Sarah Palin: A woman of character
Chuck Sr [her father] was the high school cross-country and athletics coach. She ran on his teams and earned the nickname "Sarah Barracuda" for her fiercely competitive nature on the basketball court. On one memorable occasion she came on with a fractured ankle to score the winning shot for the Wasilla Warriors in the state championship.
"Headstrong" is how her coach, Don Teeguarden, described her: "She knew her own mind and was generally willing to express her opinion. She didn't agree just for the sake of agreement. At the time I thought those were positive attributes and I still do."
She had an unapologetic streak of stubbornness from early childhood. Sarah's siblings were astonished by her resolve in the face of a father whose decisions were the final word in their household. "She never lost an argument and would never, no matter what, back down when she knew she was right," Chuck Jr remembers. "Not just with me or other kids, but with Mom and Dad too." "The rest of the kids, I could force them to do something," Chuck Sr said. "But with Sarah there was no way. From a young age she had a mind of her own. Once she made up her mind she didn't change it."
Later on he would enlist the help of people she respected - especially coaches and teachers - to persuade her to see things his way. Yet he concedes Sarah was persuasive in her arguments and often correct. Later, when his daughter became governor, Chuck found it immensely amusing that acquaintances asked him to sway her on particular issues. He says he lost that leverage before she was two.
Like her siblings, Sarah was baptised in the Catholic church. When her mother discovered what she saw as a more meaningful path to faith, her family followed her to a different church - the Wasilla Assembly of God. Sally Heath bundled up the kids and took them to church every Sunday morning and evening and most Wednesdays, too. As a little girl, Sarah sat through services fidgeting. When she was 12, however, she asked to be baptised. She wanted to make a public statement of faith.
With Alaska's perpetual summer sunshine glittering off the chilly waters of Beaver Lake, Pastor Paul Riley immersed her. Her siblings and her mother were also baptised that day as friends and family watched from the shore. Sarah took the commitment she made to God seriously, becoming the leader of the high school's Fellowship of Christian Athletes.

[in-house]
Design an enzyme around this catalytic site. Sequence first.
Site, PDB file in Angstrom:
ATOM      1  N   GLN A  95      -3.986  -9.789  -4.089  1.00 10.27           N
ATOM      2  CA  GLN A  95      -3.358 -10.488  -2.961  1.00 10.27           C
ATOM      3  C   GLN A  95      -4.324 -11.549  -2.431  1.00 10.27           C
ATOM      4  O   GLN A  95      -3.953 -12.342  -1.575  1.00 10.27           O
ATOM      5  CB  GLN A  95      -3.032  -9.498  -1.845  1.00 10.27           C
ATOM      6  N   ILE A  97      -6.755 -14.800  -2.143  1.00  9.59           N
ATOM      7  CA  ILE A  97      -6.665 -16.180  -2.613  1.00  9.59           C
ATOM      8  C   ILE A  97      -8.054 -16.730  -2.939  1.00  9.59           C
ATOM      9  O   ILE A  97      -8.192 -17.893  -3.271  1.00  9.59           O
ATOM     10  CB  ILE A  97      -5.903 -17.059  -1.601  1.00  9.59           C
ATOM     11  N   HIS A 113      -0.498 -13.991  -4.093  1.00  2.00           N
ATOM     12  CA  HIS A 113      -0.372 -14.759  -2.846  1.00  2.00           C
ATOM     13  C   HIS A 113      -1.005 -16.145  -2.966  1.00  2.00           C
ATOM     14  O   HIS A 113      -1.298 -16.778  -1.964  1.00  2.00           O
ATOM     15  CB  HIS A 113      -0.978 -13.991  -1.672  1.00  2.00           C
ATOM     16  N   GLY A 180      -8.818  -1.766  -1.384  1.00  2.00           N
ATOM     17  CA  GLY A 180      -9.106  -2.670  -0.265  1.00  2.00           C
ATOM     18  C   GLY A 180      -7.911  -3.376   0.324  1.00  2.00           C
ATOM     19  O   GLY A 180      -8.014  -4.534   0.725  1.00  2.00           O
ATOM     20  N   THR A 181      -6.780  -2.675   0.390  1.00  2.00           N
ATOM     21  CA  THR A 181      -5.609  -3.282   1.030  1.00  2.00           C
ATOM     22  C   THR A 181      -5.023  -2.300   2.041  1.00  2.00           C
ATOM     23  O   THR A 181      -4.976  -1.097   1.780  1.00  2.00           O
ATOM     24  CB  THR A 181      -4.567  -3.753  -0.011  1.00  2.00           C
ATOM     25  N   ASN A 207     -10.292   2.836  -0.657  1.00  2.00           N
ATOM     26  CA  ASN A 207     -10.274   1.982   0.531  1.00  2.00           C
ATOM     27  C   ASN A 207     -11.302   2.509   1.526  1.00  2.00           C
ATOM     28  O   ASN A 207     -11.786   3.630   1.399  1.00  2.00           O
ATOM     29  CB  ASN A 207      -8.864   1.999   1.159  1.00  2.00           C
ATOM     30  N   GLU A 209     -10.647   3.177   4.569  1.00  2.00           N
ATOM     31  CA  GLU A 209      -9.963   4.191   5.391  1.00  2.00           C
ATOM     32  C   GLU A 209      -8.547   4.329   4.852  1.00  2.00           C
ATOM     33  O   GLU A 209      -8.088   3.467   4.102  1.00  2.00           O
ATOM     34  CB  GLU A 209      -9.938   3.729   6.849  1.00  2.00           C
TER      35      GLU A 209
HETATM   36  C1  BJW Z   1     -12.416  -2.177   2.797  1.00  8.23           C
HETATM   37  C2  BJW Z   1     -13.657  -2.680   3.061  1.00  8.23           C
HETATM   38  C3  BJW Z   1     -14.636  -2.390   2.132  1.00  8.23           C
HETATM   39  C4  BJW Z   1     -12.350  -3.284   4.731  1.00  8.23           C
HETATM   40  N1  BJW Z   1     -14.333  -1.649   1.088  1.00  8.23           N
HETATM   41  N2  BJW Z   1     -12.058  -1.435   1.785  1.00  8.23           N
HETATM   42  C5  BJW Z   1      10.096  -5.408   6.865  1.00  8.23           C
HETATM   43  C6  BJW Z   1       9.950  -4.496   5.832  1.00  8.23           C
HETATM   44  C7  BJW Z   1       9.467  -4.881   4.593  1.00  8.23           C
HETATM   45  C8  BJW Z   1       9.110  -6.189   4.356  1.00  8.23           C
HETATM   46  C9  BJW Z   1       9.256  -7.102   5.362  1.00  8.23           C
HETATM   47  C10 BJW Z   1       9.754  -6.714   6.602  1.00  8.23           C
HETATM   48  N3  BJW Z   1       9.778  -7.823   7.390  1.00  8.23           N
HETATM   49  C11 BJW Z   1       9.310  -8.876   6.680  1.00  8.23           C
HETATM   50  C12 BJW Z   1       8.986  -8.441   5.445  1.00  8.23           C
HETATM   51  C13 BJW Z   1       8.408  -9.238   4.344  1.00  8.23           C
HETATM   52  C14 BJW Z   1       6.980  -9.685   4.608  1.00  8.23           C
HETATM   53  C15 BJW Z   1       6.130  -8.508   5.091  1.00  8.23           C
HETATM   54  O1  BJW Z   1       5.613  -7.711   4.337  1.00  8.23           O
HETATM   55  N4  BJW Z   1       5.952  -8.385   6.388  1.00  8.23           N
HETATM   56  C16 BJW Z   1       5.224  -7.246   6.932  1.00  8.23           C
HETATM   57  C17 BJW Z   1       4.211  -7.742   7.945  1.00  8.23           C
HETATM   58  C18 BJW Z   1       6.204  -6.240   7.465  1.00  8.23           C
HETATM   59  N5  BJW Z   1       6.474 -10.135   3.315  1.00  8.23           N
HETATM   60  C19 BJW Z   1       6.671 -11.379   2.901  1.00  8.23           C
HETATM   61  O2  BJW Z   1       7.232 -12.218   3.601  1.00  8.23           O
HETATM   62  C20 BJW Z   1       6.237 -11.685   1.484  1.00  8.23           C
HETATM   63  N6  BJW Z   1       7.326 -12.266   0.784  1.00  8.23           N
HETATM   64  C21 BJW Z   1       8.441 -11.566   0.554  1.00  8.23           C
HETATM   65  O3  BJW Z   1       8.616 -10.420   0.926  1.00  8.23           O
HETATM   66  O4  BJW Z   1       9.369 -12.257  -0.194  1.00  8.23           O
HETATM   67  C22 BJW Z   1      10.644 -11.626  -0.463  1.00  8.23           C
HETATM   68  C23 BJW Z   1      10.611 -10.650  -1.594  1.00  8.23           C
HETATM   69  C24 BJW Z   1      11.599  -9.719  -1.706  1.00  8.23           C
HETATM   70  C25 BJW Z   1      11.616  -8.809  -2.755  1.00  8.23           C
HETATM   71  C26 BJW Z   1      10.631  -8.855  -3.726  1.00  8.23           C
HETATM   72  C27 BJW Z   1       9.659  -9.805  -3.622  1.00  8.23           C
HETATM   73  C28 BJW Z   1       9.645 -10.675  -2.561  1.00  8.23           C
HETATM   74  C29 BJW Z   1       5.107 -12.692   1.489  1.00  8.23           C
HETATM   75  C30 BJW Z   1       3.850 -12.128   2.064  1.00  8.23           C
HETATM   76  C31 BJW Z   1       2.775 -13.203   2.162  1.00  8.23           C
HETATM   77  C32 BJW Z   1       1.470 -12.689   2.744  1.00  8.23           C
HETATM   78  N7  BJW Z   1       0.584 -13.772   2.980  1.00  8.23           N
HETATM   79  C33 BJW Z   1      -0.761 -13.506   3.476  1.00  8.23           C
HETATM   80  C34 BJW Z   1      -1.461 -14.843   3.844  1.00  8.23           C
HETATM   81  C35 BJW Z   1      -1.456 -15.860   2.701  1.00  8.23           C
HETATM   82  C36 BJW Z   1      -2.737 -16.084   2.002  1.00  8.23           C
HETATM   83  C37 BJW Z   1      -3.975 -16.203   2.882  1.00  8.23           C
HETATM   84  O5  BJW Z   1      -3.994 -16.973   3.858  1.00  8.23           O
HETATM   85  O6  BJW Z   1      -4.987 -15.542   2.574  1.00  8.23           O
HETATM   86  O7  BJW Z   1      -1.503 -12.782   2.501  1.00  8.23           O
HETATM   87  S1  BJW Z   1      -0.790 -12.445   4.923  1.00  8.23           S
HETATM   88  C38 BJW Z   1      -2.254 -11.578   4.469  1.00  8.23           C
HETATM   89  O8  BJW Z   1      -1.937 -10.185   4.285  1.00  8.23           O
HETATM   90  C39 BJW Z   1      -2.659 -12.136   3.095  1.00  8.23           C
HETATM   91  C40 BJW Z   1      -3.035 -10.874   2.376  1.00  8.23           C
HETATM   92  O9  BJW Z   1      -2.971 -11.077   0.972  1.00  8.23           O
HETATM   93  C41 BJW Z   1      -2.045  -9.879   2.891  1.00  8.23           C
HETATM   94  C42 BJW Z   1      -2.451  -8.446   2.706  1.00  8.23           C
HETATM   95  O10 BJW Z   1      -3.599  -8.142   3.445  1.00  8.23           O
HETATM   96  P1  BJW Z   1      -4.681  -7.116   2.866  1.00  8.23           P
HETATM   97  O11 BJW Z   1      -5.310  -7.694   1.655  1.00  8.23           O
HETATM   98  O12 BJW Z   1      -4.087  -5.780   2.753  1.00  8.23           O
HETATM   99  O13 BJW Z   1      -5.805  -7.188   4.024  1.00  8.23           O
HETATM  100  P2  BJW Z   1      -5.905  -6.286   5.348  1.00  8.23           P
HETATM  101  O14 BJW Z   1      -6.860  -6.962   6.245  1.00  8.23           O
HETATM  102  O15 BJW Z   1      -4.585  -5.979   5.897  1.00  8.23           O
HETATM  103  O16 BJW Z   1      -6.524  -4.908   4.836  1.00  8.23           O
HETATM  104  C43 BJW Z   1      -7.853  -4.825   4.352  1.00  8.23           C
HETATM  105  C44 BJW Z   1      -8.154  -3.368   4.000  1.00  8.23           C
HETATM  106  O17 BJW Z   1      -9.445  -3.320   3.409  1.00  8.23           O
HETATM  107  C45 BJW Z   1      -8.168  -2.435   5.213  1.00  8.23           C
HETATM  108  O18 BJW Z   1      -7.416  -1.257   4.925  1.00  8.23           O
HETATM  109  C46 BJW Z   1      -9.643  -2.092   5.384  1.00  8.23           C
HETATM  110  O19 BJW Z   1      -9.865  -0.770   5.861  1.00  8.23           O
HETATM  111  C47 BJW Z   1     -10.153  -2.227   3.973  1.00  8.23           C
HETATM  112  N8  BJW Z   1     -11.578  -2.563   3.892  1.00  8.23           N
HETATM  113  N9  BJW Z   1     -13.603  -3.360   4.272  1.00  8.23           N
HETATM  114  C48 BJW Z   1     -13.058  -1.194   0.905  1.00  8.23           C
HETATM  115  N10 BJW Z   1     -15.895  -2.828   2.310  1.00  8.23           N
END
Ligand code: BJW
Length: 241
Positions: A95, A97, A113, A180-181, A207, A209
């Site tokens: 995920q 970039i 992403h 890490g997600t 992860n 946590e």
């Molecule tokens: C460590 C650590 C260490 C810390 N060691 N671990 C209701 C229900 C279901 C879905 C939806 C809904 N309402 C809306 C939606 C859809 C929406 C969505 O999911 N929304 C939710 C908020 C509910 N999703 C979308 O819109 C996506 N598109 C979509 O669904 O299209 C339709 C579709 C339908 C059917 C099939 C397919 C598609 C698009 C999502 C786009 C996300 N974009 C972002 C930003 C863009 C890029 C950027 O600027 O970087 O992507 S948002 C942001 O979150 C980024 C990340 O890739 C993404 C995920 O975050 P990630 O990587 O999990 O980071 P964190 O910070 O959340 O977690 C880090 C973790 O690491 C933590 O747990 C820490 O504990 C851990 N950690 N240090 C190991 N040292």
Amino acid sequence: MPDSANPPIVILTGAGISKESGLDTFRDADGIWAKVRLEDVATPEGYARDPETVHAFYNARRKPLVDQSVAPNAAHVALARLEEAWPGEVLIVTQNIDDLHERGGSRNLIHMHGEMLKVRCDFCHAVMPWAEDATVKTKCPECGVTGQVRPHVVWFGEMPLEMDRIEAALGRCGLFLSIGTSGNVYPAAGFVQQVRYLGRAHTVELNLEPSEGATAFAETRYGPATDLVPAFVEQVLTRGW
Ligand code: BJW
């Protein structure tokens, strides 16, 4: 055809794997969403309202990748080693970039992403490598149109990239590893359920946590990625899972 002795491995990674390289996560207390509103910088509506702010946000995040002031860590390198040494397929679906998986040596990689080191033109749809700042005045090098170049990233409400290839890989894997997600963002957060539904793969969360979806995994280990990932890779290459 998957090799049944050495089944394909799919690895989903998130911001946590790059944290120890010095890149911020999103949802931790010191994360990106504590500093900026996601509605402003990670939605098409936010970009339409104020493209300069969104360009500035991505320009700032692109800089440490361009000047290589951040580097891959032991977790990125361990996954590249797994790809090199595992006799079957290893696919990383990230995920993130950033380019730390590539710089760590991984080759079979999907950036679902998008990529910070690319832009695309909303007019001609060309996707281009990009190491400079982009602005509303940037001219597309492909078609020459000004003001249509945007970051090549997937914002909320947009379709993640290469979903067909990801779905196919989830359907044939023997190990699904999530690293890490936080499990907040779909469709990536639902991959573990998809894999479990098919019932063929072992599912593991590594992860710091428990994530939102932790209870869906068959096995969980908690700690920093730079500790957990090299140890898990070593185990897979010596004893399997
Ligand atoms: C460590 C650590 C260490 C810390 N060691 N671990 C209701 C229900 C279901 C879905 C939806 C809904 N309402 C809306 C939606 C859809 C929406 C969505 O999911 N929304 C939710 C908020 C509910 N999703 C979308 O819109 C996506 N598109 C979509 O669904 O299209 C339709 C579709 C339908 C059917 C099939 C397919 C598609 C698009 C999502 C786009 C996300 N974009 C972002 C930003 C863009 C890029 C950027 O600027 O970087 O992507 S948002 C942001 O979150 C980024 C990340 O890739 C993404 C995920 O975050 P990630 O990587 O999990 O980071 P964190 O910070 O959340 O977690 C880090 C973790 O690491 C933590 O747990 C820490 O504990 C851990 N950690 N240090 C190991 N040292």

She had a boyfriend, Todd Palin, who had come to Wasilla from Dillingham, a remote community in western Alaska where his Yup'ik Eskimo grandmother, Helena "Lena" Andree, was an important influence, teaching him the value of hard work and traditional native ways. He had fished with his grandparents from a young age, eventually taking over their commercial fishing operation. "He had a car and a truck and a job. He was a lot more grown-up than most of my friends," said Sarah. She and Todd lived five miles apart. In the evenings they sat on their porches talking on two-way radios that Todd used on his fishing boat.
After high school, much to her brother's amusement, Sarah entered the Miss Wasilla pageant and won. When he asked her why she would do such a thing: "She told me matter-of-factly, `It's going to help pay my way through college'." In Sarah's home there was an expectation that if you wanted something, you earned it. "We always worked," Heather, her elder sister, said. "We never had anything handed to us. We knew on a teacher's salary that we would all have to pay our own way through college. We knew we'd have to be independent."
At college in Idaho she studied journalism. Newspapers had been a passion since early childhood. During the summers she helped Todd to fish commercially in Bristol bay. They fished from a 26ft skiff with no cabin, a boat that could carry 10,000lb of salmon in eight holding bins below deck. It was the most physically demanding and dangerous work she had ever undertaken. "Sarah has toughed out many a cold night," Todd said. "Even with 100mph winds, you don't want to be the one that turns back just to find out later how good the fishing was." "Todd is a brutal boss," Sarah said. "He shows no mercy to anyone."
Sarah and her father sometimes fished without Todd while he worked at his oilfield job on Alaska's North Slope. Chuck Sr remembers Sarah driving the boat onto the trailer in dangerous surf when no one else was willing to attempt it. When she and Todd married and started a family, they named their first child Track, after the track and field season in which he was born. Sarah's father jokingly asked what they would have named their son if he had been born during the basketball season. Without hesitation Sarah answered: "Hoop."
Their first daughter, born in 1990, was named Bristol after the ocean bay where they fished. Willow was born in 1994, named after willow ptarmigan, Alaska's state bird. Their youngest daughter, Piper Indy, came in 2001. She was named after the Piper Cub that Todd flies and the Polaris Indy snowmobile he drove in the first of his four victories in the Iron Dog snowmobile race, a gruelling 2,000-mile run from Wasilla to Fairbanks.